The plot is so silly that you expect someone from the Monty Python crew to come along and stop proceedings at any moment. Mr. Grubeck (Rene Assa) is the latest person to be seduced by the telephone number that offers a very specific horror-scope for each individual and he's been on a bit of a killing spree. Apprehended by the police, things get confusing when the killings continue while Mr. Grubeck is safley locked in a prison cell. Will nobody put 2 and 2 together and realise that the killer can astrally project himself anywhere while he's asleep? Spike (Patrick O'Bryan) doesn't know exactly what's going on but he does know, from bitter experience, just how dangerous that 976 number is. Perhaps Robin (Debbie James) can help him put all of the pieces together before more people are dead.
While it follows on from the first movie in some ways, mainly the use of the phone number and the returning character of Spike, 976-Evil II could just as easily have been moulded into an original movie that could have been just as silly and unscary while not needing to tarnish the good name of a fairly decent movie. There are no characters you really get to care about (Spike and Robin aren't really great leads while the script meanders from one limp set-piece to the next), no impressive death scenes and no real sense of the fun that's obviously supposed to be coming from the screen.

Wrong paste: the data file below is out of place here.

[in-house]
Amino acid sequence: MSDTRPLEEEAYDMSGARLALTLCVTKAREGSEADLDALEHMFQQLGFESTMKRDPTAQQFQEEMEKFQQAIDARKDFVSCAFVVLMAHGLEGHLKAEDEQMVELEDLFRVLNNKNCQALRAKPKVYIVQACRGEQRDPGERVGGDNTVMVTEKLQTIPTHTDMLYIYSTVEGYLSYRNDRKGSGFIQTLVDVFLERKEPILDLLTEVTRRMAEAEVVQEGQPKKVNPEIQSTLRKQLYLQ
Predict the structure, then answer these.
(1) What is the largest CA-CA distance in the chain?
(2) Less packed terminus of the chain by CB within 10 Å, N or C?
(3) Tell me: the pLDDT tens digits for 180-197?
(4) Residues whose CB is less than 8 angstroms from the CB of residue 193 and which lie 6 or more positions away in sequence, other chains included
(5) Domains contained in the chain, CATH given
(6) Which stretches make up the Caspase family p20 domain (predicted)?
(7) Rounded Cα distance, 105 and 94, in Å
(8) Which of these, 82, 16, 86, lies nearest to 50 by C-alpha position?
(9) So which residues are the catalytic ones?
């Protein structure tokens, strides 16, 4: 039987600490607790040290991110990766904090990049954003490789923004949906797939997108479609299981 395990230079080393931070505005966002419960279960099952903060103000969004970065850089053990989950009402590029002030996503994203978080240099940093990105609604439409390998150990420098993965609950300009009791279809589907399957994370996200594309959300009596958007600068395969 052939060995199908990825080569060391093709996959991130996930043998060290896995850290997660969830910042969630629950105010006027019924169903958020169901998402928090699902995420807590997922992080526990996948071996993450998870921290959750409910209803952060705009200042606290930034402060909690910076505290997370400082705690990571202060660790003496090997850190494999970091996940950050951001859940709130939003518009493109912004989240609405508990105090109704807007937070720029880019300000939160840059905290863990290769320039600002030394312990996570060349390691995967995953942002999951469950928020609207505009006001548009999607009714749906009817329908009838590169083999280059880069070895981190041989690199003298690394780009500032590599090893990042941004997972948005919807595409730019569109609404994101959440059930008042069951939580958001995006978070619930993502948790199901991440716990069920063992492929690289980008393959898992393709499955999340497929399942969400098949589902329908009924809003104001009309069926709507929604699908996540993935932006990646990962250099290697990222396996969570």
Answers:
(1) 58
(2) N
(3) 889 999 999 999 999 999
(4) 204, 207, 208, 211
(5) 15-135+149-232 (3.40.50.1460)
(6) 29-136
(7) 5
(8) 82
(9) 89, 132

I knew that the movie would have some issues when the first sixty seconds featured some gratuitous nudity. Hey, I'm certainly not averse to nudity (gratuitous or otherwise) but it's never a good sign when a) it occurs within the first minute and b) it's not followed up by plenty more. If you offer nothing else then at least have the decency to go all out with the gratuitous nudity. One fleeting glimpse of nakedness at the start of a film does not make up for 90 minutes of tedium.
There is some fun to be had with the supporting cast - featuring the great George 'Buck' Flower, the lovely Monique Gabrielle and a bizarre cameo role for Brigitte Nielsen - and one scene utilising a twisted version of It's A Wonderful Life is genuinely entertaining but the rest falls flat. The script, written by Erik Anjou and based on a story by Rick Glassman, is inept in a way that fails to raise even unintentional laughs while Wynorski provides uninspired direction.
In summation, I was genuinely more entertained by the last Jim Wynorski movie I watched, which was Cleavagefield.